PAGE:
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Preliminary Poll Results Show Congolese President Nguesso Is Eligible For Third Term

October 27, 2015

On Sunday the citizens of Republic of the Congo voted on a referendum which would remove the age restriction disallowing candidates over 70 from being President, and a two-term limit on the Presidential office.


According to the BBC, early tallies show that more than 90% of the voters have supported the referendum.  The Congolese government, under the leadership of President Denis-Sassou Nguesso, claims that more than 70% of the Congolese population voted in the referendum. If the constitutional referendum passes President Nguesso would be eligible for a third presidential term.   

According to the Association Presse Francaise (AFP), the opposition has termed the early results as “fraudulent” and denied the government’s claims that 70% of the population voted calling those assertions “extremely scandalous.” Turnout was reportedly low in the country’s capital Brazzaville, but high in the north of the country where President Nguesso remains popular.

Throughout the referendum process violent clashes occurred between the police and the opposition groups. The violence was worst in Brazzaville where 13 people were injured by the police. SaharaReporters reported last Tuesday that President Nguesso cut all communications in the country, a move widely seen by the opposition as an effort to undermine protests against the referendum vote.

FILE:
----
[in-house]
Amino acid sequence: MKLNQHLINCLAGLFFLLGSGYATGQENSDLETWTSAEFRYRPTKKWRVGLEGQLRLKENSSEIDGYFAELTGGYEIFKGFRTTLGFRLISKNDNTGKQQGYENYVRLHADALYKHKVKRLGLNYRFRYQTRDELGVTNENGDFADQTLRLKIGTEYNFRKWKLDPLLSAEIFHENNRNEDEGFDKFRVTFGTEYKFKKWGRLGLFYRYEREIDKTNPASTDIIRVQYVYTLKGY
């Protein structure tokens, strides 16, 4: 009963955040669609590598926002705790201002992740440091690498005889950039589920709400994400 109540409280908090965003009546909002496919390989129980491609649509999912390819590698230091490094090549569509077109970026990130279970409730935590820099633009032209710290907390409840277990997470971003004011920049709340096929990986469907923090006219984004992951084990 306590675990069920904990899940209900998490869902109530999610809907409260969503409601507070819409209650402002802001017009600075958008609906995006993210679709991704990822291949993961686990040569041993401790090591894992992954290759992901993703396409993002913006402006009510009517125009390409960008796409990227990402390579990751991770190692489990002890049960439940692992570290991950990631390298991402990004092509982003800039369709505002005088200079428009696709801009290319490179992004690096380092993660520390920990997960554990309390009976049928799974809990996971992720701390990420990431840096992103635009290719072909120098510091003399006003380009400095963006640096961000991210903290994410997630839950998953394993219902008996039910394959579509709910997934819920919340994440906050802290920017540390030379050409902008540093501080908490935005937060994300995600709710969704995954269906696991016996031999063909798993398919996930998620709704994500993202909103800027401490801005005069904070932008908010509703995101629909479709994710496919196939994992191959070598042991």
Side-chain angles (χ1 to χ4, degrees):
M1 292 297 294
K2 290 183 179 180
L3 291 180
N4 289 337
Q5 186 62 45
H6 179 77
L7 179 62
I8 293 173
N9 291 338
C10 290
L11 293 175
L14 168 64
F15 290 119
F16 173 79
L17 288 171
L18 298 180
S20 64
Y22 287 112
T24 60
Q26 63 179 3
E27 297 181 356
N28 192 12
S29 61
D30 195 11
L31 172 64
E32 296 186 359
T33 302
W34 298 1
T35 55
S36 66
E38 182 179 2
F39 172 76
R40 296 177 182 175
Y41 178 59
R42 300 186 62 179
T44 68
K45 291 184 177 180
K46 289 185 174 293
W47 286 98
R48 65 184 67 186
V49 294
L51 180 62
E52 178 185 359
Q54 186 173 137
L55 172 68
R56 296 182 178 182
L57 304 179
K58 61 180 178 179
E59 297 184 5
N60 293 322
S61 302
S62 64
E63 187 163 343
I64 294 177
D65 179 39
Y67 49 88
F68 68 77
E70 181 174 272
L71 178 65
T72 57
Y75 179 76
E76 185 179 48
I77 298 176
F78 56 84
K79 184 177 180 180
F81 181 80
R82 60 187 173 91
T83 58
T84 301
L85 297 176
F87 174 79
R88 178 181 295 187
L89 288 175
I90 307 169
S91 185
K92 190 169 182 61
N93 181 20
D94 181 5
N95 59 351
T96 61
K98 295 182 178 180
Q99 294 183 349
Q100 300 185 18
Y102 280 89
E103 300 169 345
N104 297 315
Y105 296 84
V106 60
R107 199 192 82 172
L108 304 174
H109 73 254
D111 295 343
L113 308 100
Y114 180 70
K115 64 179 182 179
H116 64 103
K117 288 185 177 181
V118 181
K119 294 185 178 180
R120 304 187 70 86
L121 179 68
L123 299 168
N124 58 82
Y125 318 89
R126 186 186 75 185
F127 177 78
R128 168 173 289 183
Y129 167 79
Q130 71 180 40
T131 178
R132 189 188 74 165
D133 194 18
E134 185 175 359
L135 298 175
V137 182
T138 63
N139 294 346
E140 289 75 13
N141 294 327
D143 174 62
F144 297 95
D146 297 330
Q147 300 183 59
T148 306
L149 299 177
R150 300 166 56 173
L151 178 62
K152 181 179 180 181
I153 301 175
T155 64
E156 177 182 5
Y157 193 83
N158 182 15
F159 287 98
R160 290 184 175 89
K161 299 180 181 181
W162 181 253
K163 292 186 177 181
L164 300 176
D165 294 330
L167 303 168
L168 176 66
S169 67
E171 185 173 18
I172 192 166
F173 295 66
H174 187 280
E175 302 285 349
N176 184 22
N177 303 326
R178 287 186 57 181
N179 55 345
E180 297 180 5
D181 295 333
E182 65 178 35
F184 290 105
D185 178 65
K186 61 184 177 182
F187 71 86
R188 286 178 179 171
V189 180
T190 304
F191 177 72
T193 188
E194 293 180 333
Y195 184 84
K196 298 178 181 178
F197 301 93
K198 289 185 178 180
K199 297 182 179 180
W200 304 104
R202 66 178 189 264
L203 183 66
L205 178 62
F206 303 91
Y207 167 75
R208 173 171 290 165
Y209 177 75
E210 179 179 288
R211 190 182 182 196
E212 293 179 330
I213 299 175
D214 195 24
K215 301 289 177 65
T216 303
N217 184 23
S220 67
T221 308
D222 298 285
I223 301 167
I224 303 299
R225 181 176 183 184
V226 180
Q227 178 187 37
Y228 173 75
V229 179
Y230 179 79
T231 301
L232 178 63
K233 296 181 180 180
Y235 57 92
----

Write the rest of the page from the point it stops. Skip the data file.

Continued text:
President Nguesso ruled Republic of the Congo from 1979-1992 as a dictator. Following a bloody civil war, he won an election in 1997 and has been President ever since. Originally the Congolese Constitution had a two-term limit and an age restriction for the Presidency.  Under these restrictions, President Nguesso was ineligible to run for President in 2016 as he has served two terms and is over 70 years old.

The Congolese Presidential Elections are scheduled to take place in 2016.  If President Nguesso runs in the election and wins he will have been President of the Republic of the Congo for nearly 40 years.